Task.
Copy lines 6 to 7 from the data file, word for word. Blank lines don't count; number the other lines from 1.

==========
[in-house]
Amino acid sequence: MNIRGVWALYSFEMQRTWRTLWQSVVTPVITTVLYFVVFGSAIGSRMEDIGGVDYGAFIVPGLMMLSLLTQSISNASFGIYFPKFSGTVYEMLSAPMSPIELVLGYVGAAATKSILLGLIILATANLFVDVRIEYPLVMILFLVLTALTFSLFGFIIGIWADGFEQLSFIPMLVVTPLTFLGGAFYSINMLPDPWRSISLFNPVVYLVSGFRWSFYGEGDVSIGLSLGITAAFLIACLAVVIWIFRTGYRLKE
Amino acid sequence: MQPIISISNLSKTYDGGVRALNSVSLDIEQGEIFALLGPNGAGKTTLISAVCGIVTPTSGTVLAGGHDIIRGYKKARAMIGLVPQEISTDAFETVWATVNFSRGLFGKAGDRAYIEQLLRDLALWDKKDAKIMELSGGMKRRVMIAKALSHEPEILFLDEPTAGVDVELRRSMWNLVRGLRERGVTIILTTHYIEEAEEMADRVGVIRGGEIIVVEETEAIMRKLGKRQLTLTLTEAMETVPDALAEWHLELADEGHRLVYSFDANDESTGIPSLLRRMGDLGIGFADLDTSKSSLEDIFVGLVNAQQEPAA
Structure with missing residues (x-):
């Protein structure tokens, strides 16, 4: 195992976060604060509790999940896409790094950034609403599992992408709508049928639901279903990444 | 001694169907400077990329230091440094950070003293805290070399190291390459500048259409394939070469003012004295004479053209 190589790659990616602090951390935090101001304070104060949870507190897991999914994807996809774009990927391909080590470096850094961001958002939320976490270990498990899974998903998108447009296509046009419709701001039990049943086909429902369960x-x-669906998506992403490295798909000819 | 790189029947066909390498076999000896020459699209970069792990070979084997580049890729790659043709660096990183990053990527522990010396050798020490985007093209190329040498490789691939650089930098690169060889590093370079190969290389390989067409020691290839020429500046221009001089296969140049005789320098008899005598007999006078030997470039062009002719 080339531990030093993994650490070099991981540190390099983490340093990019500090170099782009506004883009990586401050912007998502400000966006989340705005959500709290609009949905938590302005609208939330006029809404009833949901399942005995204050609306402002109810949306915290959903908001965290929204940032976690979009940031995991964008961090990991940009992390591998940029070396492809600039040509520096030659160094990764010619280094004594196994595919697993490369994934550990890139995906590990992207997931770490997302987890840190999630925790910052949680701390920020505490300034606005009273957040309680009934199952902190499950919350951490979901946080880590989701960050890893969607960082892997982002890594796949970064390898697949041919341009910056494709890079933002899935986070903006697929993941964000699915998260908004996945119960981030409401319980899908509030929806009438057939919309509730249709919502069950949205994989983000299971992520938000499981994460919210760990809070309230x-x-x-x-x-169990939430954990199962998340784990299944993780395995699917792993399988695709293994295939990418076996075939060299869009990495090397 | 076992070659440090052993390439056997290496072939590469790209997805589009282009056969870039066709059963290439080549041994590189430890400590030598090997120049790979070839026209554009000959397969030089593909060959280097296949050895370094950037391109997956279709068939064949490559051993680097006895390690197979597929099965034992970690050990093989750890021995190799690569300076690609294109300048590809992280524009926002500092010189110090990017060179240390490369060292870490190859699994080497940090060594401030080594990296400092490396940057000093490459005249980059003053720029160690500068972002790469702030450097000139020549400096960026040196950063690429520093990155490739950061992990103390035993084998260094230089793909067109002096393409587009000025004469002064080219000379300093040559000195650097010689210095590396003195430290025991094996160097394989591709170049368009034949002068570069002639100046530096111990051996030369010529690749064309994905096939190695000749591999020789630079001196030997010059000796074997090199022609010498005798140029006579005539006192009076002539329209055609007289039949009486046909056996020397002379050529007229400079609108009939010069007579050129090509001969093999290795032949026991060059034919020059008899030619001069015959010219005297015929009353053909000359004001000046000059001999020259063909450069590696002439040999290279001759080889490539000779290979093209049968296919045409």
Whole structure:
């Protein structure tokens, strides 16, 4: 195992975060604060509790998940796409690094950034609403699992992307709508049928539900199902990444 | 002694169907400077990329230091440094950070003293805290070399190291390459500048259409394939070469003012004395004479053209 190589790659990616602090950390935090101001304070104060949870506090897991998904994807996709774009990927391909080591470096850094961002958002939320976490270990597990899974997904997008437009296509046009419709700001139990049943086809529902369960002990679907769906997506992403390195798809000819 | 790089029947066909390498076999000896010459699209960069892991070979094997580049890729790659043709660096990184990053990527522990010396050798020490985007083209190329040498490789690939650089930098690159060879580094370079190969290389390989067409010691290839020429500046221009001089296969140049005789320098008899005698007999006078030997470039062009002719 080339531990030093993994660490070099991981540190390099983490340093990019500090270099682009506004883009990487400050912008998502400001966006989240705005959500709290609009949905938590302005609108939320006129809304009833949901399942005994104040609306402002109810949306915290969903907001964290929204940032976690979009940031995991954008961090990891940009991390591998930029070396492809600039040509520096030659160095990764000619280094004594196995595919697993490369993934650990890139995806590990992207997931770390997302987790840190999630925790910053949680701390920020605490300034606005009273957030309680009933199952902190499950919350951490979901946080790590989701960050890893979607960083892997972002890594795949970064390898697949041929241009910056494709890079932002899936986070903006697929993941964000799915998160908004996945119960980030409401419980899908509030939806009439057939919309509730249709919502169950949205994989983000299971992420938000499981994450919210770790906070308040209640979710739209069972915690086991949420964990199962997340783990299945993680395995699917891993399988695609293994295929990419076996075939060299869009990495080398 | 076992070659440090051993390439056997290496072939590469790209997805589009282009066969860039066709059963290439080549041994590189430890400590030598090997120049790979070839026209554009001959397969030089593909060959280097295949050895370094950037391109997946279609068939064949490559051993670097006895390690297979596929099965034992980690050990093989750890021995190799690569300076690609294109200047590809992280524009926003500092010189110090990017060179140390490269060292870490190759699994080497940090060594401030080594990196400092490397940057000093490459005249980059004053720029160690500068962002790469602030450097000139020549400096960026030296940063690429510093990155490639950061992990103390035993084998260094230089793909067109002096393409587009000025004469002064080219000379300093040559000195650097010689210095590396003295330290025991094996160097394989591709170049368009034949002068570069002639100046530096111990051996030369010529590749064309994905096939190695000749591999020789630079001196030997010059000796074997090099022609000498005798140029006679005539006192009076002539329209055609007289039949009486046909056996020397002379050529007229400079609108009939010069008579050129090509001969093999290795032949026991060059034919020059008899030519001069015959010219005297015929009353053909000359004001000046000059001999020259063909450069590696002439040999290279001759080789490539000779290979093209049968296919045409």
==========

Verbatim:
Whole structure:
């Protein structure tokens, strides 16, 4: 195992975060604060509790998940796409690094950034609403699992992307709508049928539900199902990444 | 002694169907400077990329230091440094950070003293805290070399190291390459500048259409394939070469003012004395004479053209 190589790659990616602090950390935090101001304070104060949870506090897991998904994807996709774009990927391909080591470096850094961002958002939320976490270990597990899974997904997008437009296509046009419709700001139990049943086809529902369960002990679907769906997506992403390195798809000819 | 790089029947066909390498076999000896010459699209960069892991070979094997580049890729790659043709660096990184990053990527522990010396050798020490985007083209190329040498490789690939650089930098690159060879580094370079190969290389390989067409010691290839020429500046221009001089296969140049005789320098008899005698007999006078030997470039062009002719 080339531990030093993994660490070099991981540190390099983490340093990019500090270099682009506004883009990487400050912008998502400001966006989240705005959500709290609009949905938590302005609108939320006129809304009833949901399942005994104040609306402002109810949306915290969903907001964290929204940032976690979009940031995991954008961090990891940009991390591998930029070396492809600039040509520096030659160095990764000619280094004594196995595919697993490369993934650990890139995806590990992207997931770390997302987790840190999630925790910053949680701390920020605490300034606005009273957030309680009933199952902190499950919350951490979901946080790590989701960050890893979607960083892997972002890594795949970064390898697949041929241009910056494709890079932002899936986070903006697929993941964000799915998160908004996945119960980030409401419980899908509030939806009439057939919309509730249709919502169950949205994989983000299971992420938000499981994450919210770790906070308040209640979710739209069972915690086991949420964990199962997340783990299945993680395995699917891993399988695609293994295929990419076996075939060299869009990495080398 | 076992070659440090051993390439056997290496072939590469790209997805589009282009066969860039066709059963290439080549041994590189430890400590030598090997120049790979070839026209554009001959397969030089593909060959280097295949050895370094950037391109997946279609068939064949490559051993670097006895390690297979596929099965034992980690050990093989750890021995190799690569300076690609294109200047590809992280524009926003500092010189110090990017060179140390490269060292870490190759699994080497940090060594401030080594990196400092490397940057000093490459005249980059004053720029160690500068962002790469602030450097000139020549400096960026030296940063690429510093990155490639950061992990103390035993084998260094230089793909067109002096393409587009000025004469002064080219000379300093040559000195650097010689210095590396003295330290025991094996160097394989591709170049368009034949002068570069002639100046530096111990051996030369010529590749064309994905096939190695000749591999020789630079001196030997010059000796074997090099022609000498005798140029006679005539006192009076002539329209055609007289039949009486046909056996020397002379050529007229400079609108009939010069008579050129090509001969093999290795032949026991060059034919020059008899030519001069015959010219005297015929009353053909000359004001000046000059001999020259063909450069590696002439040999290279001759080789490539000779290979093209049968296919045409």